But strategists who are dogmatic about either approach tend to miss the mark by overlooking the art and science of research—that is, listening rather than pushing new ads and pulling new leads. Some of the best marketing strategies are born from long stints of research and development, which culminate in the creation of the most relevant message reaching its most relevant audience. It’s often easier to research a business than it is to research a consumer. After all, there are fewer businesses on the planet than consumers, and consumers tend to change their preferences more frequently than businesses do. But taking the time to listen to an audience and shape our message around their proven needs and desires offers a much more lucrative payoff than leaving a trail of breadcrumbs or shouting into the void. As market research has shown, marketers for both business-to-business and business-to-consumer companies can make good use of Facebook analytics to discover and monitor new target markets.
Related Class: Facebook Advertising and Targeting
3. Offers: Education of User versus Sale to Consumer
An offer of educational information is perceived to be more valuable by users of services. A promotional sales offer is perceived to be more valuable by consumers of goods.
Value is more often determined in the eye of the consumer than in the eye of the supplier, at least in a free market. When it comes to goods and services online, the case is no different. But there is a difference in our marketing expectations for service providers and suppliers of goods. The expectation for marketers of services, particularly SaaS, is that they should adopt an inbound marketing strategy by publishing content like blogs and videos, whereas we expect marketers of goods to adopt an outbound marketing strategy by pushing online promotions such as discounts and free shipping.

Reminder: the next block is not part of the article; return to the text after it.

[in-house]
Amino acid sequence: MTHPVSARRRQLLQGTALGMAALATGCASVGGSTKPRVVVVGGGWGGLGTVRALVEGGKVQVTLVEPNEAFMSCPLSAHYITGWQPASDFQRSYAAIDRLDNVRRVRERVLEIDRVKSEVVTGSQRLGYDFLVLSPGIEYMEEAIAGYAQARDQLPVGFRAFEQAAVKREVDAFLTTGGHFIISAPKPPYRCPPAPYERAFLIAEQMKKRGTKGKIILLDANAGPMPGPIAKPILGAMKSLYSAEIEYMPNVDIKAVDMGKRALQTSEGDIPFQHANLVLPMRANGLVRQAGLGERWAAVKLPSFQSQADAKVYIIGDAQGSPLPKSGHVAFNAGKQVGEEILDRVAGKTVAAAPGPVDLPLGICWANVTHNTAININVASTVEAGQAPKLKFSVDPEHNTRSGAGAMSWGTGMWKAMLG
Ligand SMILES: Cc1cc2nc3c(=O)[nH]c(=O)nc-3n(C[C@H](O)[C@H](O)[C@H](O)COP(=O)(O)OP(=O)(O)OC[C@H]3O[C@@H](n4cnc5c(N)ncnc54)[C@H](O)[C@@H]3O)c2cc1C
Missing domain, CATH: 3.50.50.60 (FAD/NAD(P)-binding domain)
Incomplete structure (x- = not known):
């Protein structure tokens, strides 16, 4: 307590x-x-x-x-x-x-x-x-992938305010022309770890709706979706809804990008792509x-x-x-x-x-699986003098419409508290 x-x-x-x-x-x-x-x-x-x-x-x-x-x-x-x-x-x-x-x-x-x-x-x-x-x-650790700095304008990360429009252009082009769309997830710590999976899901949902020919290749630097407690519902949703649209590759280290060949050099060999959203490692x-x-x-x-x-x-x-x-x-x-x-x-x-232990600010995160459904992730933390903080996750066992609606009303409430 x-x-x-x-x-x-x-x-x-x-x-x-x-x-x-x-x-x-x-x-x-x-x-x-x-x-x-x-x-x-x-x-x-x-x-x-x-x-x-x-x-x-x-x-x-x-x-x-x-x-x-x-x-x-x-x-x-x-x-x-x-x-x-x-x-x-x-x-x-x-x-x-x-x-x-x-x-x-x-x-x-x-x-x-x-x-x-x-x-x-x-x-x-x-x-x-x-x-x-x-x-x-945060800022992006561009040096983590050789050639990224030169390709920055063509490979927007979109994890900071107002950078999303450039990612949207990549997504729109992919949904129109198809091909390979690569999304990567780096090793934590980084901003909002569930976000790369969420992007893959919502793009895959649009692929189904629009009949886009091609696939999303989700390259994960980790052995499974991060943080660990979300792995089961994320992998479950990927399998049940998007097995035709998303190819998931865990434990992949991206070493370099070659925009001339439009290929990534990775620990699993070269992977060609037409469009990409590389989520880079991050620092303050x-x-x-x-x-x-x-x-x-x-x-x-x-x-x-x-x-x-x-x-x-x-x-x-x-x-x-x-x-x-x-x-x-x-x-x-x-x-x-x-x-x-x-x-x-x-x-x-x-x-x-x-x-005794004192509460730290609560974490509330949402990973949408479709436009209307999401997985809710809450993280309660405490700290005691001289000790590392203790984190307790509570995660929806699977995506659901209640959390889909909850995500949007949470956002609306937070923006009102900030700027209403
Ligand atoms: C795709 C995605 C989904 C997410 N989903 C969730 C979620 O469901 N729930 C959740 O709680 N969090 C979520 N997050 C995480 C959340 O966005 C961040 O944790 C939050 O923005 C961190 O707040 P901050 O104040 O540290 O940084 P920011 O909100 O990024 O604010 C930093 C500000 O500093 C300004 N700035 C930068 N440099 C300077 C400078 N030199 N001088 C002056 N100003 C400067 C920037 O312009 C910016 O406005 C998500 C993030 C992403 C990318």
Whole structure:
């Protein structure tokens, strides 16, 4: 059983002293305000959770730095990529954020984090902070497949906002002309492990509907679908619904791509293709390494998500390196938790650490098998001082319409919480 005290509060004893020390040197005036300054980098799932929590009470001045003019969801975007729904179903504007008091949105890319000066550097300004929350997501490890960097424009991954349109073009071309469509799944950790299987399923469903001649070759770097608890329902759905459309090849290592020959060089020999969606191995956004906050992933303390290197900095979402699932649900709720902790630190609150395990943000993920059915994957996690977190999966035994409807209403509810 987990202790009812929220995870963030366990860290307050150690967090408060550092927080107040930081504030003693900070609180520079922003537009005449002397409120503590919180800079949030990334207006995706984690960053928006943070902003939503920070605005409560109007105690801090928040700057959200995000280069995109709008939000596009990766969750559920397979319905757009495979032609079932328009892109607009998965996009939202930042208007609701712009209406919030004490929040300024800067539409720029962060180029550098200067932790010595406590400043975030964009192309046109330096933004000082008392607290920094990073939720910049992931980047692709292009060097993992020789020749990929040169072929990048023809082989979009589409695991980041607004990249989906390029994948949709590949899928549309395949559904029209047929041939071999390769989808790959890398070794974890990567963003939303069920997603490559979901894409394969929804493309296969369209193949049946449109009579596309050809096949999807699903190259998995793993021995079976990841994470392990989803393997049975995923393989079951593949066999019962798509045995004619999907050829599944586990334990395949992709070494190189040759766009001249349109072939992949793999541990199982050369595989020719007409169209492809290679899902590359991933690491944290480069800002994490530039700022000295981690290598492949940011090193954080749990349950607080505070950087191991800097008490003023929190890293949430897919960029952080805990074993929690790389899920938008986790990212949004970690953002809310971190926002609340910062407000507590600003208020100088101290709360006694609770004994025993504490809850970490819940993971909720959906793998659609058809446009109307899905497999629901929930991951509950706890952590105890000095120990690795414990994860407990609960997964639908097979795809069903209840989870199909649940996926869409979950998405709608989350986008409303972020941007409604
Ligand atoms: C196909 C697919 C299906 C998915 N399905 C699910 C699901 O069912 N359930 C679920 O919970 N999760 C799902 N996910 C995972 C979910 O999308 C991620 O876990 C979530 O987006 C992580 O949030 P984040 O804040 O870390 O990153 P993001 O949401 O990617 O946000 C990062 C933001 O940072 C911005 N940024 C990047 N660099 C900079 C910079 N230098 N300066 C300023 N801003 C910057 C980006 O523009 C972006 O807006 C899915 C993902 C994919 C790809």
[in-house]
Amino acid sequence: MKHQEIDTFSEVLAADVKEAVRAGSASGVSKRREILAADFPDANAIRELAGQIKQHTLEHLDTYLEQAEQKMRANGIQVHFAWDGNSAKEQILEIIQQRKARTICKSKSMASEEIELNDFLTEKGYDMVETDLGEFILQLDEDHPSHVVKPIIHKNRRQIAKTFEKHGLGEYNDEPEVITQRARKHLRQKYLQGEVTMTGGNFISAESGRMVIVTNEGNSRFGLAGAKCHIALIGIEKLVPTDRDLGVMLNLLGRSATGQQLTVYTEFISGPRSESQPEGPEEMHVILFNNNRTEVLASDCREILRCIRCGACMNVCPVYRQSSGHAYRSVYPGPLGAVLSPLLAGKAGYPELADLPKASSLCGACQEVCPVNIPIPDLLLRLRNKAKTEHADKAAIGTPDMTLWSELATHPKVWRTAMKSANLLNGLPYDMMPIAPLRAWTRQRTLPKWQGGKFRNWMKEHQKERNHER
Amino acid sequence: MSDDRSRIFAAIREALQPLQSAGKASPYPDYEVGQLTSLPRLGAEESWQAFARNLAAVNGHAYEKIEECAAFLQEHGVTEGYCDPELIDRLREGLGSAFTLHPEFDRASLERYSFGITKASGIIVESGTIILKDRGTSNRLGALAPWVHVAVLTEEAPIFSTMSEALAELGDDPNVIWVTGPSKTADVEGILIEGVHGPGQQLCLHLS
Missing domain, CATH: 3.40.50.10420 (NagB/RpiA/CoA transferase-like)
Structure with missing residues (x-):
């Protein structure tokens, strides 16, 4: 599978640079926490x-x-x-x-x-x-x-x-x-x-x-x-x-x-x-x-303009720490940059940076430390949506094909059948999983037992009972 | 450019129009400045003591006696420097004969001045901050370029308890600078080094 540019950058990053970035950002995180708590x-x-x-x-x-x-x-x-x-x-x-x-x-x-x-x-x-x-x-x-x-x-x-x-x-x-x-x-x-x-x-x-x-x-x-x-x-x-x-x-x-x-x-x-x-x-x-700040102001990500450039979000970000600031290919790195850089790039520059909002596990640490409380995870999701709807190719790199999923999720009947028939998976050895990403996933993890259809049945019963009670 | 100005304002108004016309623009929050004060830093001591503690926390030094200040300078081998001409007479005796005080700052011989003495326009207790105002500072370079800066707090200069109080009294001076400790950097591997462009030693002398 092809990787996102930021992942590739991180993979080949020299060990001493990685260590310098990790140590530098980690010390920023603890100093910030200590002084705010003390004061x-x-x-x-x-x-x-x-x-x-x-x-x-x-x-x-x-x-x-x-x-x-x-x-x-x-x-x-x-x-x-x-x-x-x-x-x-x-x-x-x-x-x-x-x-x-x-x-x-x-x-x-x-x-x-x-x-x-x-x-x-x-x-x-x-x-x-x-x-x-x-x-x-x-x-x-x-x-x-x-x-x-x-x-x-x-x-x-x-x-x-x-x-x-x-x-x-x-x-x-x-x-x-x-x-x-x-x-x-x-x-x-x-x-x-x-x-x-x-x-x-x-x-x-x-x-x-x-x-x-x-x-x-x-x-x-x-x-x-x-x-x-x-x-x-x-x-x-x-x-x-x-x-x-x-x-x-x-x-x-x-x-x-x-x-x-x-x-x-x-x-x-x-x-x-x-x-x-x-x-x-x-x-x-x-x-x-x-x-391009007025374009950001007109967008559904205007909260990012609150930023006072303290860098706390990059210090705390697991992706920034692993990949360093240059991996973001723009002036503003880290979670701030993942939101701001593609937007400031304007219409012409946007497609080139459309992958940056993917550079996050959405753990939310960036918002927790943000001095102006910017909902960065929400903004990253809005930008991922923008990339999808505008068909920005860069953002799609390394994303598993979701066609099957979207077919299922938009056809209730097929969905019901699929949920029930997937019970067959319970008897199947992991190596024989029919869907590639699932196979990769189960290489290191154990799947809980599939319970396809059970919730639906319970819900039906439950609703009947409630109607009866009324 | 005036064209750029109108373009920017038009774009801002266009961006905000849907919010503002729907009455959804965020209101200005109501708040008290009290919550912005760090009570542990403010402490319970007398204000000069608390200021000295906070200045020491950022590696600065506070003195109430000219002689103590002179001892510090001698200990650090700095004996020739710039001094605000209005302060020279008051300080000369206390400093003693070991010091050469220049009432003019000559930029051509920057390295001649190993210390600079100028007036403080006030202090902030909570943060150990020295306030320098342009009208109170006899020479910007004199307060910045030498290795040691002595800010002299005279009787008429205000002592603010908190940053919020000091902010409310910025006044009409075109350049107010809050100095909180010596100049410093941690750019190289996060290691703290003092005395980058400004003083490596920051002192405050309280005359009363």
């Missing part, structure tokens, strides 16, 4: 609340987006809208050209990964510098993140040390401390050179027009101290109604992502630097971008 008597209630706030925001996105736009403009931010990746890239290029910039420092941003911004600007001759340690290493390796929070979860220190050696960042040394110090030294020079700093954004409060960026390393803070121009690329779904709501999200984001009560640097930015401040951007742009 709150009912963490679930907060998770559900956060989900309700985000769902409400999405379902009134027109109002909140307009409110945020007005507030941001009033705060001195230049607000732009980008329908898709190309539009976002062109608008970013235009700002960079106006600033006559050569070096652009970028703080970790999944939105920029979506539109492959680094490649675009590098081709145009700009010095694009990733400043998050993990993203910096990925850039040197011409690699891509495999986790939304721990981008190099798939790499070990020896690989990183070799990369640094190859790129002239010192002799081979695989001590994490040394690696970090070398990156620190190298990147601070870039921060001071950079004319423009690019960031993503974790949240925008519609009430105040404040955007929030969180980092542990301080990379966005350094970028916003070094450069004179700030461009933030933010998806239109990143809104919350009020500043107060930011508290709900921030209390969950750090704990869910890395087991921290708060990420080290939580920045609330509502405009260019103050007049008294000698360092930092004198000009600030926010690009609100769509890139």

The problem with these expectations is that they often force young SaaS companies and commercial online vendors to make uninteresting offers to users and consumers who want to see more than another marketing agency infographic or commercial website sign-up coupon. Some of the best and biggest companies have risen to the top because they balance educational information with promotional sales. The increasingly popular massive open online course (MOOC) providers like Udacity, Coursera, and edX are excellent examples of what can happen when we hybridize user education with promotional sales, as their business is premised on offering a quality education for 1 percent, and sometimes 0% the cost of taking an equivalent college or university course. Imagine what could happen if more companies started flipping the script, and commercial websites like Amazon began offering courses in web sales, while marketing agencies began offering bundle deals on memberships with their company that included access to all their best content. Content entrepreneurs and educators at Online Marketing Institute are already doing this with the provision of corporate training courses and certifications, the former of which specifically prepare business teams to expand their inbound and outbound online marketing expertise, while the latter helps individuals gain expertise in online marketing on the whole
Such hybridity is the lifeblood of the marketing era we find ourselves in now, an era that demands innovation every day.
A version of this article first appeared on BestMarketingDegrees.org
Want to learn more about any of the subjects mentioned above? Here are some relevant classes: Top of the Funnel Tactics for Inbound Marketing, Facebook Advertising and Targeting, Content Marketing Implementation: Executing a Winning Content Program